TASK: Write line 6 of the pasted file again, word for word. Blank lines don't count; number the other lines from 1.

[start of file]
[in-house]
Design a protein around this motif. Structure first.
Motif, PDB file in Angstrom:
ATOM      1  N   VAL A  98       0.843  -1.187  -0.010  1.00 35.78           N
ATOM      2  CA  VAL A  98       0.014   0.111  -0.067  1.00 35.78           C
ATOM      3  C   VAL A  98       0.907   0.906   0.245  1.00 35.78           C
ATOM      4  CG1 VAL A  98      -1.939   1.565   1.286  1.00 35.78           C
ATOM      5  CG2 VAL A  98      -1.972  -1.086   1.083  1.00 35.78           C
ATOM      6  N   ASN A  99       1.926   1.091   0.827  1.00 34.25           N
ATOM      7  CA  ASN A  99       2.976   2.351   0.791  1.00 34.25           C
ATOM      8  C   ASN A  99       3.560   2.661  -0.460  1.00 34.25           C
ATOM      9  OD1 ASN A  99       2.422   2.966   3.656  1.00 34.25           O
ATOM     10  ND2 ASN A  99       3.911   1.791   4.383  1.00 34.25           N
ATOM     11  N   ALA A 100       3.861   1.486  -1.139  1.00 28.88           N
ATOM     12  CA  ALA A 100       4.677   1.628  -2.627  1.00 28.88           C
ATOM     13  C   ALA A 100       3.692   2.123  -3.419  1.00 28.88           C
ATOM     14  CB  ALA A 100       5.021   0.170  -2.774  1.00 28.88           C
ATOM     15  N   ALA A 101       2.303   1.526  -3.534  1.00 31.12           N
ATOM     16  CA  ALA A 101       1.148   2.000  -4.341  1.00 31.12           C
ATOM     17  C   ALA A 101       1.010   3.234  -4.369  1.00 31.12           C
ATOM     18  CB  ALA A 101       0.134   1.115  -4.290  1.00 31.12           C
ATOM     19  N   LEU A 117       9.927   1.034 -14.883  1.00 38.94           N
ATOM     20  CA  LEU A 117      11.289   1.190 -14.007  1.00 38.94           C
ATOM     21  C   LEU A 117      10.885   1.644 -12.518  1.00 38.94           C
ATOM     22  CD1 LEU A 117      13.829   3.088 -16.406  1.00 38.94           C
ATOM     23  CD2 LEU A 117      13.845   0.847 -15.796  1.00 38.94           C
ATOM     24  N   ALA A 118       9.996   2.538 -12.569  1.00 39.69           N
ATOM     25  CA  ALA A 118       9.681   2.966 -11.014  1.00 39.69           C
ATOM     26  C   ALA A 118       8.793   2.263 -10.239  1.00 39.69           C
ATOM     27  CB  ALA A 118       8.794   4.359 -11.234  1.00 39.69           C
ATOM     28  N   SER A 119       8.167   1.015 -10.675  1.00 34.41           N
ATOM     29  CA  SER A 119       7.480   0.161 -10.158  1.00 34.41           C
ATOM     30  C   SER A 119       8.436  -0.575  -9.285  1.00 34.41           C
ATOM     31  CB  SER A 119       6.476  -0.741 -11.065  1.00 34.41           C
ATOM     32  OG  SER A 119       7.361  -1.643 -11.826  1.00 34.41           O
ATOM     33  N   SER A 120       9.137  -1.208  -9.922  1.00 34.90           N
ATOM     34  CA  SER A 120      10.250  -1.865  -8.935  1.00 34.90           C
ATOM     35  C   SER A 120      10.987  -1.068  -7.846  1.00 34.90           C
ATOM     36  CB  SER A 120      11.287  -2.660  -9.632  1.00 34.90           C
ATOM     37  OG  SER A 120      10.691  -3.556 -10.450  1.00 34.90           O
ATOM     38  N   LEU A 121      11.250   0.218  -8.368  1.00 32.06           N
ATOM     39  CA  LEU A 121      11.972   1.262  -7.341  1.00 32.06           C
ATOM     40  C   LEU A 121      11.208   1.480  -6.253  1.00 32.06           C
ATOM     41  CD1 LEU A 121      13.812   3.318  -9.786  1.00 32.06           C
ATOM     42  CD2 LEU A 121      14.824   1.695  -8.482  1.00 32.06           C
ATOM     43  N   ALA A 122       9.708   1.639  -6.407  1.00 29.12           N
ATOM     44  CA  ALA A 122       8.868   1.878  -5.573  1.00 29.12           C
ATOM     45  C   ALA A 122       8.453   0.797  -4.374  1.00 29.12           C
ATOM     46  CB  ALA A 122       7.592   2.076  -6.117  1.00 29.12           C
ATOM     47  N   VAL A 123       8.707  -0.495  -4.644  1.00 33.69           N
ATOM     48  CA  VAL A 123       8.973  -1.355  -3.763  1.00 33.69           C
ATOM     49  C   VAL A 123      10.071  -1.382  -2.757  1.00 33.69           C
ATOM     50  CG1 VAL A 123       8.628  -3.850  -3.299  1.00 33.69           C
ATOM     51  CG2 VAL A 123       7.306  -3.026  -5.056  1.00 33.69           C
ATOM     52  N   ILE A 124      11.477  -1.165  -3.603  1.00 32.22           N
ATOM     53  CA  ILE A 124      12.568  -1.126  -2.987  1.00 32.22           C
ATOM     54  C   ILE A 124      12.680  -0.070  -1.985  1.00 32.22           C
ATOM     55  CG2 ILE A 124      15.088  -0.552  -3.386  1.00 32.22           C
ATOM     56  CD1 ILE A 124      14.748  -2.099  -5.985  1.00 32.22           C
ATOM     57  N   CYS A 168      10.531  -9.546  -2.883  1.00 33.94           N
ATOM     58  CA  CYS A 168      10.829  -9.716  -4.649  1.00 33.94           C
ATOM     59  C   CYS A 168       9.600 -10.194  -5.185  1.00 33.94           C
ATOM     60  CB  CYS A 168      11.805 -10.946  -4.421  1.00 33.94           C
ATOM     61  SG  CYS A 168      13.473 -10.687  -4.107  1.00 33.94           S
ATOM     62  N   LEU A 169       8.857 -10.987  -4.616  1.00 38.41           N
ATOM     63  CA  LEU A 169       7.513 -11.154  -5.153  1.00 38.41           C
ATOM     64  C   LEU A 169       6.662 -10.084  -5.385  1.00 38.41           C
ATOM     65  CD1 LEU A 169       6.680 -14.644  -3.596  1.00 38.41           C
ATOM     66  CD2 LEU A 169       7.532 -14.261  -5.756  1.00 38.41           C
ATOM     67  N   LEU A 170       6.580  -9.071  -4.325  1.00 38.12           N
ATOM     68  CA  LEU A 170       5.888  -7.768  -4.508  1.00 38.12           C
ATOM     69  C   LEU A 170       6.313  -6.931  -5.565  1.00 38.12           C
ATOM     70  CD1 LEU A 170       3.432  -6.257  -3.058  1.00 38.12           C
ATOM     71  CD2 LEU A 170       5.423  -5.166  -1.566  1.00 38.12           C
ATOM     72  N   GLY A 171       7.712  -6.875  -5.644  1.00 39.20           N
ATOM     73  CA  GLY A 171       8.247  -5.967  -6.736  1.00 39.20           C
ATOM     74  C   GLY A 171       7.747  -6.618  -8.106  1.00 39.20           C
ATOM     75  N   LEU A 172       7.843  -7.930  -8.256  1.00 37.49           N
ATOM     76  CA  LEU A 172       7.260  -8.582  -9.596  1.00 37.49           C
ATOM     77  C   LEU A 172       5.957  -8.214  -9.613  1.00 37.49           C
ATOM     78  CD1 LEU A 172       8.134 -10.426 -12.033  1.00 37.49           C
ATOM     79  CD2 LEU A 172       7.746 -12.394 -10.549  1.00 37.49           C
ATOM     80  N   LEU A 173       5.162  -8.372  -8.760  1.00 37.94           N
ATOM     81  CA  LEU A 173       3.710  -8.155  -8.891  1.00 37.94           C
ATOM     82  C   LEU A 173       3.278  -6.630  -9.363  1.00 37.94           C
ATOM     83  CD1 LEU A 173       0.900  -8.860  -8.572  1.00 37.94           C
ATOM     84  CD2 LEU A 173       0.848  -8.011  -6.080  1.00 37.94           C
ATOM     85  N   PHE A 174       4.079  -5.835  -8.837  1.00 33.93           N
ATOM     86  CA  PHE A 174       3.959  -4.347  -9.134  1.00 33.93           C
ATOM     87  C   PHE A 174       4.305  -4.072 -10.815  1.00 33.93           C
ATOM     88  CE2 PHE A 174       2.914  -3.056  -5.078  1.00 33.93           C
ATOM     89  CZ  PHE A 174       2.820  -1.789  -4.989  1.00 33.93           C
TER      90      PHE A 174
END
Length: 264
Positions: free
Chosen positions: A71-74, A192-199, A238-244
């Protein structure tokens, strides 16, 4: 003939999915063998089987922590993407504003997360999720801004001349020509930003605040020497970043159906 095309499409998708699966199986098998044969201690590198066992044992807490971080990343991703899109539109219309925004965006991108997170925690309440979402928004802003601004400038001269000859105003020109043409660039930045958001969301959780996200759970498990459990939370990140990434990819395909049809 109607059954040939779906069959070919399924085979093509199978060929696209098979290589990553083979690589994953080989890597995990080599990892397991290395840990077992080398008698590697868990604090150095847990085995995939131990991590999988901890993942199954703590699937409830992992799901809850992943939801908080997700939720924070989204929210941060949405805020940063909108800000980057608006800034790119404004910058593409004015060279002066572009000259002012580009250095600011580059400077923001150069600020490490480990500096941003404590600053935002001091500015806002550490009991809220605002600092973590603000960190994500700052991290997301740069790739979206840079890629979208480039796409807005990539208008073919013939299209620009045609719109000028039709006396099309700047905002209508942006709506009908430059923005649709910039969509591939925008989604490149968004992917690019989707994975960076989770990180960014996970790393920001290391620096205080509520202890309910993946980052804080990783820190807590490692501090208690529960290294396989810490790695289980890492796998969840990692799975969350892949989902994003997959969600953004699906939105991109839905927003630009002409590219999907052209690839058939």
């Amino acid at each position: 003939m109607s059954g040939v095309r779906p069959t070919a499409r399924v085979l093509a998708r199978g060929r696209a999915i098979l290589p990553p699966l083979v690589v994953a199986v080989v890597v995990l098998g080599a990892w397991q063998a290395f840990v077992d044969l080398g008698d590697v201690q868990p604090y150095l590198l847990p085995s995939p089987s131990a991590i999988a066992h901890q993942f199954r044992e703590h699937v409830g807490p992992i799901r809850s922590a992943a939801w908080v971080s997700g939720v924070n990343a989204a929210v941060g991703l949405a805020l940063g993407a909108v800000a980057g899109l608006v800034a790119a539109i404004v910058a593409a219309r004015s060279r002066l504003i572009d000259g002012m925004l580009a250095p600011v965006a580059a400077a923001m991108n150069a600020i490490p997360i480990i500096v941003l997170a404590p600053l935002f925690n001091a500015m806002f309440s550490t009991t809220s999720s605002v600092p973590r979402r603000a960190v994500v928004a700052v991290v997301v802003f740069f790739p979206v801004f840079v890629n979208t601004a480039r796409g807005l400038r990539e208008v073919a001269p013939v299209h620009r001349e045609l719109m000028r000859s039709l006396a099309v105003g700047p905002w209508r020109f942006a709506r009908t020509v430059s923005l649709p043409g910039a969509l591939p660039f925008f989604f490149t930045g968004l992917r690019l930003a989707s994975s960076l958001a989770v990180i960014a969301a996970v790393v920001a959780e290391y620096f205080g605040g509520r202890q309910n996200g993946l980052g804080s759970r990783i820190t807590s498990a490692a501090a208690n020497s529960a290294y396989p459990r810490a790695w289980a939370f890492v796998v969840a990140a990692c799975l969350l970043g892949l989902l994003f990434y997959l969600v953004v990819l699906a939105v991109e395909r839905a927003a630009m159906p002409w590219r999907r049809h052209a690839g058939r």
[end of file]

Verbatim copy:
ATOM      3  C   VAL A  98       0.907   0.906   0.245  1.00 35.78           C